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Pict Clanns of Albann



This clan derived its name from the old Pict Mormaer of Ross in northern Albann.   Ross means 'a point of land'.  Fearchar Mac an t-Sagairt (Farquhar, Son of the Priest) was head of the ancient house of O'Beolain in Wester Ross, hereditary lay lords of the vast lands of the Abbey of Applecross, which had been founded by St. Maelrubha in the 7th century.  It is sometimes referred to in Gaelic as "Clan Andreus" (St. Andrew).

The Rosses were politically adroit, able to sense the tides of fortune down through Scottish history.  They supported successively the extension of the Scottish crown to the north, the cause of Bruce, the Reformation, the Covenant, the Revolution and the Hanoverian dynasty, all winners that rewarded the Rosses.

In 1215, a rebellion broke out in Moray and Ross against the newly-introduced feudal system, a formidable challenge to the authority of King Alexander II.  Farquhar put down the revolt and was knighted as a reward.  By 1226, he was the Earl of Ross. Earl Farquhar died in 1251, and was succeeded by his son, William, who conquered Sky and Lewis.  His son and namesake, became Earl in 1274, and later fought in the Wars of Independence.  In 1306, he was forced to vio9late the shrine of St. Duthac by handing over Bruce's wife and daughter to the English.  He fought at Bannockburn, was a signatory of the Declaration of Abroath, and died in 1322.

His son, Hugh, 4th Earl of Ross, was killed at Halidon Hill in 1333.  When Hugh's son, William, died in 1372, he left only a daughter, Euphemia, who brought the Earldom of Ross into Clan Leslie by marriage making the Clan Ross vassals o the Leslies.  From the 15th to the 16th century, the Rosses were preoccupied with a feud against the MacKays of Strathnaver.  This reached a disastrous climax in July 1486, when Alexander, 6th Earl of Balnagown, and 17 clansmen were among those killed in battle.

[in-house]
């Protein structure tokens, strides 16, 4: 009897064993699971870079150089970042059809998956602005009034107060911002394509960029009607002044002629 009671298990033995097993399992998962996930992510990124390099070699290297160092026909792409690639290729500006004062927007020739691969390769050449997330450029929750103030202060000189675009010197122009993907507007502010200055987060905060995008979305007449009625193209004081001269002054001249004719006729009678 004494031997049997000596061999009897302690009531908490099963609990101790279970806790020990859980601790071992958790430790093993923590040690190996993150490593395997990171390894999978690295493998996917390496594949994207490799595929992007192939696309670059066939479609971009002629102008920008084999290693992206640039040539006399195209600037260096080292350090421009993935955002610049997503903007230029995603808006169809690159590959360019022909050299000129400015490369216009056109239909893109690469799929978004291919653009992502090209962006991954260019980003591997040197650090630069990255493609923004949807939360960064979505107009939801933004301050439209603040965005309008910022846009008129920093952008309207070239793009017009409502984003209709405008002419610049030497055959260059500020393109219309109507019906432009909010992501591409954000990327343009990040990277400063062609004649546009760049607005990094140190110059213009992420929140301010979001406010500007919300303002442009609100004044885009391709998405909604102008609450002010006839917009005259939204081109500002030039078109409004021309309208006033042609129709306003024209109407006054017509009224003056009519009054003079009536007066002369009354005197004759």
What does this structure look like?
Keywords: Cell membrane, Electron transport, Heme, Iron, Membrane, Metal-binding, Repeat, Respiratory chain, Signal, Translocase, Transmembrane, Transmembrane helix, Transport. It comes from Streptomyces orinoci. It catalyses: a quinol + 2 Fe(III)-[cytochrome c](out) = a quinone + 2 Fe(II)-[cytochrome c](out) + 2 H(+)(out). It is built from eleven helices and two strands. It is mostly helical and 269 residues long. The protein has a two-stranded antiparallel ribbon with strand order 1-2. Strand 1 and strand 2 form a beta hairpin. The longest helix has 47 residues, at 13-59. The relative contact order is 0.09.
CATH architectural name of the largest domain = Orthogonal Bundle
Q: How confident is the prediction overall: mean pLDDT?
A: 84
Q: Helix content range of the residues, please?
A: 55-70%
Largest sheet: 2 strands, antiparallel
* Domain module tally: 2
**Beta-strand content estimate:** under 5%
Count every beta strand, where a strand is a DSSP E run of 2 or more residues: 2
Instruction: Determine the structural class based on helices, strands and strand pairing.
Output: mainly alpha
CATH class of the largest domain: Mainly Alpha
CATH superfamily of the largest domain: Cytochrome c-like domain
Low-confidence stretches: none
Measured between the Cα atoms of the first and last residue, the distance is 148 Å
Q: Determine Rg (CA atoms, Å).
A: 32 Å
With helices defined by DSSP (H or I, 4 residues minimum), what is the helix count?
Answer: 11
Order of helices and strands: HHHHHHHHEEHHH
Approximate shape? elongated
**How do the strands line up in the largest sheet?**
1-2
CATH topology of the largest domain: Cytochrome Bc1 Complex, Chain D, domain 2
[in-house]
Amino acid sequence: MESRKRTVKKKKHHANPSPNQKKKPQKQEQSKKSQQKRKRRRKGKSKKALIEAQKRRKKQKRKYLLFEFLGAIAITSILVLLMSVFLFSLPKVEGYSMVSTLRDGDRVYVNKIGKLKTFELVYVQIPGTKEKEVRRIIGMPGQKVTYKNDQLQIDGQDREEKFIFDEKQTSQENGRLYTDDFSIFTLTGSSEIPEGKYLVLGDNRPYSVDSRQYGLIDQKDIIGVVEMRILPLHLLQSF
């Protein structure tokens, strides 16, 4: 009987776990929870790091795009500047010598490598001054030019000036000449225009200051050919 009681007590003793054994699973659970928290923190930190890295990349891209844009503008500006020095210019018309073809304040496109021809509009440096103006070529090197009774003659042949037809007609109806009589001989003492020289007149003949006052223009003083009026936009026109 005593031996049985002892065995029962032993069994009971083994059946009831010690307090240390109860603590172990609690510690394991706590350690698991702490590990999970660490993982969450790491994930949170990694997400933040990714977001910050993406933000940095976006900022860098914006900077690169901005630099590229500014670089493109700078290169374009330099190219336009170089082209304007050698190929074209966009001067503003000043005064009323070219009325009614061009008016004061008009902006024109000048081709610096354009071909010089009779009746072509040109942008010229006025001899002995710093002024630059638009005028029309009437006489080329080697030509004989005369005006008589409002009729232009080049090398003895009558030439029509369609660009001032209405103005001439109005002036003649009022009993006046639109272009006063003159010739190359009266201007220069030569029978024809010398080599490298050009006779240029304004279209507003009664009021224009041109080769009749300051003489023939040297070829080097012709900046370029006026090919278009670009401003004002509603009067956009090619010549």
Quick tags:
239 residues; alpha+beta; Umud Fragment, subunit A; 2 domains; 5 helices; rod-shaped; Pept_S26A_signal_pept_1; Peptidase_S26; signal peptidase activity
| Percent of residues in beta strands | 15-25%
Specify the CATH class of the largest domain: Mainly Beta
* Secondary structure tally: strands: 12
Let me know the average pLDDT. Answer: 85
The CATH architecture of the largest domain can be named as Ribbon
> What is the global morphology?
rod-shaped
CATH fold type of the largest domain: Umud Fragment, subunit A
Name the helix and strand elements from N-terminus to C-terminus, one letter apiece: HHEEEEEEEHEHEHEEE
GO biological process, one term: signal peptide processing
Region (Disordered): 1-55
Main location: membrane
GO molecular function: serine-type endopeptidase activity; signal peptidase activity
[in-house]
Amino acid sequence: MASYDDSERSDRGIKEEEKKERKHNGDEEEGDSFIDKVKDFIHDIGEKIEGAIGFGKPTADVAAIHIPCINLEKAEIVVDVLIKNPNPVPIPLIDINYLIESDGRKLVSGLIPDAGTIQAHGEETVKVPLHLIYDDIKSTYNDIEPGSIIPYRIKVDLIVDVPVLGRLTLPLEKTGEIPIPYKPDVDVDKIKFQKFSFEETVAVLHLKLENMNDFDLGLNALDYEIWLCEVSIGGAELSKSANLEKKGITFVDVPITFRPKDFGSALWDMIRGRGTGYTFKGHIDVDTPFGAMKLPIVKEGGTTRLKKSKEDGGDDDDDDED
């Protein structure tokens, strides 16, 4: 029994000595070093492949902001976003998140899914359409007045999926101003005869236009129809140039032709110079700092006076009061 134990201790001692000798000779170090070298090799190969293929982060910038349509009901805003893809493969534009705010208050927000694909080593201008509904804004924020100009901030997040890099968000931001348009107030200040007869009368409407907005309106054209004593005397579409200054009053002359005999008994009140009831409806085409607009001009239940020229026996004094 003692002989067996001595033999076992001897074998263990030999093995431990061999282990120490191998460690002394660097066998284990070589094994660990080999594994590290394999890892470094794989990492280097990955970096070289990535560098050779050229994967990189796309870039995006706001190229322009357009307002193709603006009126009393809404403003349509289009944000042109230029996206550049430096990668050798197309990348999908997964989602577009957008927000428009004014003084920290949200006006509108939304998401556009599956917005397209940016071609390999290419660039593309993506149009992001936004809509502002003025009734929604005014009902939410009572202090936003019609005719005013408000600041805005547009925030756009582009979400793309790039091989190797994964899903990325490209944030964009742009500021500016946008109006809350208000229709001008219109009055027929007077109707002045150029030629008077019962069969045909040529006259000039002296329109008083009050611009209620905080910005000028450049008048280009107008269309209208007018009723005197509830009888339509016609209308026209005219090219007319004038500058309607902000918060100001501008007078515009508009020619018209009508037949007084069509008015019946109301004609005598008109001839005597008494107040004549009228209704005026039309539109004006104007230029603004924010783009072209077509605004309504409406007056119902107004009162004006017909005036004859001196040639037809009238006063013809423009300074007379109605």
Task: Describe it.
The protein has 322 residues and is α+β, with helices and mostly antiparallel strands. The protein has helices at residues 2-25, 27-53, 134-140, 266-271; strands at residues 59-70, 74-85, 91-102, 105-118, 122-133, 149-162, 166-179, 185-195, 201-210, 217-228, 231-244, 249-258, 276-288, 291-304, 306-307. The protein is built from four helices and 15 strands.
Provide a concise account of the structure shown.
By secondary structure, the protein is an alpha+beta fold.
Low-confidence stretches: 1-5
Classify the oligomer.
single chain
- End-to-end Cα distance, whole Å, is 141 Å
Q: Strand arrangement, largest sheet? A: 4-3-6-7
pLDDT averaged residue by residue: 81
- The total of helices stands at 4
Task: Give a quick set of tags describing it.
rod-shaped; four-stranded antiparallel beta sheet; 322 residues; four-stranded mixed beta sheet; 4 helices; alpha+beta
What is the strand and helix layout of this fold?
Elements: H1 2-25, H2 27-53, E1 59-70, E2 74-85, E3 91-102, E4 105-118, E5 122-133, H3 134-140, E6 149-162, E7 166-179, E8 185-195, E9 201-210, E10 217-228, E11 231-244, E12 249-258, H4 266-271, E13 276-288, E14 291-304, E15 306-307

At the Reformation, the clan embraced Protestantism, and fought against Montrose at Carbisdale.   He later fought for Charles II at Worcester, died a prisoner in London in 1653 and was buried in Westminster Abbey.  His son, David, 13th of Balnagown, who supported William and Mary in 1689, was the last of the direct line.  He willed the Balnagown estate to the Renfrewshire family of Ross of Hawkhead.

In both Jacobite rebellions, the Rosses took the Whig side.  During the Clearances in the 19th century, the clan suffered heavily.   George Ross was a signatory of the American Declaration of Independence.  Many Rosses also achieved distinction in Canada, and in Prussia, the Counts Von Ross were famous soldiers.  Balnagown is no longer owned by the Rosses, and the Rosses of Shandwick appear to be the senior surviving line.

Ross septs are Corbett, Denoon, Fern, MacCulloch, MacTaggart, MacTear, Mitchell, Tarrell, and Vass.